Why Outdoor Play is Vital For Primary Pupils

Primary pupils

Primary pupils love to play outside and doing so benefits them in many ways. It improves health, wellbeing and even helps them do better in the classroom. It also encourages the development of the key personal and social skills which they will need throughout their lives. The children, of course, won’t be too interested in any of this: for them, playing out is all about fun, excitement and moments of pure joy. However, with little opportunity to play out at home, primary schools that provide children with a well-equipped playground are laying the foundations for a brighter future for their pupils. Here’s why.

Long-term health benefits

The rise in obesity and type 2 diabetes among primary pupils is a key indicator of the decline in physical activity undertaken by children in today’s society. By providing the time, space and equipment to participate in physical activity in the playground, schools can help them become healthier. They will burn calories, improve fitness, become stronger and benefit from all the good things that come from these. What’s more, when these opportunities are provided at an early age, it increases the chances that children will maintain healthy lifestyles into adulthood.

Encouraging children to become active in the playground can be done in many ways. Simply giving them space to run is a good start, but you can incentivise them even more by adding playground markings for games like football or netball or which get them to jump and hop. Climbing equipment is also great for getting kids active and there is a wide range available to suit pupils from nursery to year 6. Another way is to install an outdoor stage, play some music and get the children dancing. If it gets them moving, it is good for their health.

Contributes to mental wellbeing

Mental health is a major issue for the UK and those with mental disorders often have issues that have wide-ranging consequences. According to the latest NHS study, 12.2% of boys and 6.6% of girls aged between 5 and 10 suffer from a mental health disorder. Indeed, over 5% of pupils start school with a disorder and the numbers increase throughout primary and secondary education.

While outdoor play is not a panacea for mental health, it does have benefits. The Mental Health Foundation states that taking part in low-intensity, aerobic exercise for around 30 minutes a day is the best way to increase positive moods in primary aged children. This can help those with depression and anxiety cope with their disorder while preventing others from developing it.

The Daily Mile initiative, which encourages pupils to run, jog or walk for a mile each day is an excellent way to contribute to mental wellbeing. For schools that lack the space, then playground markings can offer the chance to take part in other aerobic activities.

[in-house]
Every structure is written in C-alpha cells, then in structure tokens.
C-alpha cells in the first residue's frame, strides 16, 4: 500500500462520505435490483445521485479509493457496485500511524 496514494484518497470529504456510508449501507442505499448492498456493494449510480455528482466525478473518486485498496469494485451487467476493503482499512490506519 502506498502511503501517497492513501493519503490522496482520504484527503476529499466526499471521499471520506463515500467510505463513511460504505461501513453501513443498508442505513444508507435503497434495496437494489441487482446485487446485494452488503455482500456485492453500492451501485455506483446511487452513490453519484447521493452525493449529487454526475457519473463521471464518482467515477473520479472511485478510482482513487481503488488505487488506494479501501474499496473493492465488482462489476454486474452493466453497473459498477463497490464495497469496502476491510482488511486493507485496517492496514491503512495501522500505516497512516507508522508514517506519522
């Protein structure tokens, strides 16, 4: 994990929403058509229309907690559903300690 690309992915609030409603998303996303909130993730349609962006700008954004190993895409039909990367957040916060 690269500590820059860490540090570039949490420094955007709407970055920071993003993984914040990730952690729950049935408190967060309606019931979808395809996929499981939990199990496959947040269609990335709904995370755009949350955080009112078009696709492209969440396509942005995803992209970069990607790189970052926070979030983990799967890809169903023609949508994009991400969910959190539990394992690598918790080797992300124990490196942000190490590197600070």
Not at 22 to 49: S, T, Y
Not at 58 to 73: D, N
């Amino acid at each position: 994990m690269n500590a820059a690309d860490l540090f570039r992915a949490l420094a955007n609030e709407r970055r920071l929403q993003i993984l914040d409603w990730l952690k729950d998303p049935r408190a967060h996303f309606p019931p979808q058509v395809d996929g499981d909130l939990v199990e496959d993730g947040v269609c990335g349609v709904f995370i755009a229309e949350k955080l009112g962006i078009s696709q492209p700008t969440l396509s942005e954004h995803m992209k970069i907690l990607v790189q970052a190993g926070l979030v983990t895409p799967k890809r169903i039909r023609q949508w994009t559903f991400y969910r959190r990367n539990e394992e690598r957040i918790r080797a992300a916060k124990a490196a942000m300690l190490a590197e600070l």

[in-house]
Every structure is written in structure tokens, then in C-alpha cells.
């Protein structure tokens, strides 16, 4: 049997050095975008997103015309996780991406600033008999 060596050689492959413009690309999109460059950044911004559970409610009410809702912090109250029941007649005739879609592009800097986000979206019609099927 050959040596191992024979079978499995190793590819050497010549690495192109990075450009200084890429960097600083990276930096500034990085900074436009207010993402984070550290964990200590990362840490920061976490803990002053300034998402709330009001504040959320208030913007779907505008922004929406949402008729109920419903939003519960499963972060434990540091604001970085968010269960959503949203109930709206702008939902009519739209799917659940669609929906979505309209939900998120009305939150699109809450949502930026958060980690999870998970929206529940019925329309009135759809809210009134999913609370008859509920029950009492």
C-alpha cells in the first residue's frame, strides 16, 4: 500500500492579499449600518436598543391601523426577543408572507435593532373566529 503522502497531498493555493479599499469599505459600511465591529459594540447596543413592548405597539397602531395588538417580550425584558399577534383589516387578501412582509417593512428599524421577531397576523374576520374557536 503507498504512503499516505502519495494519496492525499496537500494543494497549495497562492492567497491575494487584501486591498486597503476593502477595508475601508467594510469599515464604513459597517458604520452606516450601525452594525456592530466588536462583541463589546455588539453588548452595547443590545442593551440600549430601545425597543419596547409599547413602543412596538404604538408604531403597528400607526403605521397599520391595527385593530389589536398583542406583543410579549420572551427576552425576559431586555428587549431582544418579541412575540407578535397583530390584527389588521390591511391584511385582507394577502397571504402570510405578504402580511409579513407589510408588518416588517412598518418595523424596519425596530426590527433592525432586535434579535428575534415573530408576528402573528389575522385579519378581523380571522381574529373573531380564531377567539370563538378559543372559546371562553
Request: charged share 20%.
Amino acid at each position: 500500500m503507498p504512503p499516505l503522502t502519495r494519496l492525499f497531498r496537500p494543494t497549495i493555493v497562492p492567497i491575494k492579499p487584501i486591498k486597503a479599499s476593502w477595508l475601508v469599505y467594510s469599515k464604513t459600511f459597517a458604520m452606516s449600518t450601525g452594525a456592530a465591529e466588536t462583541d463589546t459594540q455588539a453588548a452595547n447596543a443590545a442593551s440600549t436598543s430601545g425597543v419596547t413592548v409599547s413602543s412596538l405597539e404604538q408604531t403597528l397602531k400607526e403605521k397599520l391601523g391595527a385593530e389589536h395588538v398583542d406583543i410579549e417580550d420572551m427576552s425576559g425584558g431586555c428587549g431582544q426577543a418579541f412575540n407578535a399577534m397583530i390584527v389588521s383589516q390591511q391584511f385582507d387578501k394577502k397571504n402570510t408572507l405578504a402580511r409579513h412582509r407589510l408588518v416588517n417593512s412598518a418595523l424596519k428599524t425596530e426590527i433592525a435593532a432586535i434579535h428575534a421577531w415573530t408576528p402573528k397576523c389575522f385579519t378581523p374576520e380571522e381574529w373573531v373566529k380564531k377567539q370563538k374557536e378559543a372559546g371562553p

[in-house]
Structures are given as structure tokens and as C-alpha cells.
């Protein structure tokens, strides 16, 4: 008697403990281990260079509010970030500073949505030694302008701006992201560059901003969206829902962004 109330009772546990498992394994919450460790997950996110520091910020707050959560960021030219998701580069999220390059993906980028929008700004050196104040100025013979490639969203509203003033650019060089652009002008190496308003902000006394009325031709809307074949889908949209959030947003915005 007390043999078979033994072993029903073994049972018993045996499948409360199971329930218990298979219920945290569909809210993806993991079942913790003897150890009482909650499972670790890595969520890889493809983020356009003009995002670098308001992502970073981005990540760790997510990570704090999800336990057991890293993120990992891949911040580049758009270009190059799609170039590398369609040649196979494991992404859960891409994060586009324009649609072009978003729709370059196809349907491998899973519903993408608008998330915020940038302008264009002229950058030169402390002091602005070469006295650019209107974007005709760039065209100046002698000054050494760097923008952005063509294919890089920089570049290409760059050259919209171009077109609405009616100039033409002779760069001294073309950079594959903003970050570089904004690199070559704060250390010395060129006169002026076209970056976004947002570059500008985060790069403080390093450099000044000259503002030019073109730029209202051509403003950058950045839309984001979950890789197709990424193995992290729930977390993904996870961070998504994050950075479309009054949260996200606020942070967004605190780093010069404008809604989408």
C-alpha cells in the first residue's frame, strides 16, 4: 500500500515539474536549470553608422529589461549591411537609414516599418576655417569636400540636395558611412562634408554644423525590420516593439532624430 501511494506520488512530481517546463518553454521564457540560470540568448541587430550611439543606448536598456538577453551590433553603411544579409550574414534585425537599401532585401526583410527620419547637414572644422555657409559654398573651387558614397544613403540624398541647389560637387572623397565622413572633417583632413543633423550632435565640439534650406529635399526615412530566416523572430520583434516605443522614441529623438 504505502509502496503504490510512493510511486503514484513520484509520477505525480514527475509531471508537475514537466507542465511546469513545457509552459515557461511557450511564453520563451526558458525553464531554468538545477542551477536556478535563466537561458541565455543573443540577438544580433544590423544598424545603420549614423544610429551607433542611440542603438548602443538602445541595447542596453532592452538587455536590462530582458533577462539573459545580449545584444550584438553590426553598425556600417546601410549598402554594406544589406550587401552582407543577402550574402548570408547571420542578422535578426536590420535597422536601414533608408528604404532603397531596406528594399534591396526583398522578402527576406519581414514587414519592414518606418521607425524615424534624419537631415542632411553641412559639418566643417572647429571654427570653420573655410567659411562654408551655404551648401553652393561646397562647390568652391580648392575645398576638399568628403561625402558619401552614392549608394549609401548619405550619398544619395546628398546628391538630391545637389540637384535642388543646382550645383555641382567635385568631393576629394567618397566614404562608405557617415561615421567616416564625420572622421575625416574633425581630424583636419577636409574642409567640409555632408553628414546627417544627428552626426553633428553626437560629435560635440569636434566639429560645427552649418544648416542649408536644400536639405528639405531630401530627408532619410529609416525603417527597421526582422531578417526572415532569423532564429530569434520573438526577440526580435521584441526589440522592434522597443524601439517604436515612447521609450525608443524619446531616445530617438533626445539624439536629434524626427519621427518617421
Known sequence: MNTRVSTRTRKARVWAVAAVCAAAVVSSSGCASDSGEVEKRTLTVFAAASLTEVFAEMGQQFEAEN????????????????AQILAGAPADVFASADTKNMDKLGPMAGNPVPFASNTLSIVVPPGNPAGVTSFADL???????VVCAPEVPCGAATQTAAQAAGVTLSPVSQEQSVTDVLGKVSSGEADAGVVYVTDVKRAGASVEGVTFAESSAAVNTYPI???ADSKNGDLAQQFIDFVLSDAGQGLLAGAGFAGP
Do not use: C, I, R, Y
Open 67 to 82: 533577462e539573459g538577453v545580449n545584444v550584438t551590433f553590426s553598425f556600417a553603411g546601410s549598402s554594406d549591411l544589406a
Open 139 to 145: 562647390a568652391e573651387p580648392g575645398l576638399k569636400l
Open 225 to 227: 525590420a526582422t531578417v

Outdoor play leads to better learning

Outdoor play benefits learning in several ways. Simply having a break from the classroom and doing something fun can recharge the learning batteries and bring flagging concentration levels back to full steam. Doing something active during free time also gets the blood circulating, boosting brain power – a fact backed up by a University of British Columbia study which found regular aerobic exercise increases the size of the hippocampus, the part of the brain involved in learning.

What’s more, playing outdoors enables children to develop many of the transferable skills essential for learning, like resilience, problem-solving, collaboration and concentration. Equipment such as Trim Trails obstacle courses, which offer both physical and cognitive challenges, are ideal for developing these skills and are also tremendous fun to play on.

Outdoor play can also improve classroom behaviour, with research showing that participation in physical activities helps children to stay on task and be better behaved. That’s good news for the teacher as well as the children.

The sociable child

The complex skills of social interaction take a while to master and primary pupils need plenty of opportunities to practice them. This is difficult to achieve in a classroom where time is directed and the rules of engagement are imposed on them. In the playground, there is scope for wider interaction and more freedom to make mistakes.

Taking part in playground activities enables children to learn important social skills, like negotiating, accepting group decisions and taking turns, while also helping them to become more effective communicators. Over time, they will need to make friends, ask for help and resolve disputes, fine-tuning their interactions with skills like tact, empathy and assertiveness.

Playground equipment that invites children to play together, whether for sport, games, roleplay or in creative pursuits is vital so that these important social skills can be honed.

Conclusion

Outdoor play is vital for primary pupils, giving them opportunities to improve physical health and mental wellbeing and to learn and interact better. Given the time, space and the right equipment at this stage in their development can have long-lasting benefits.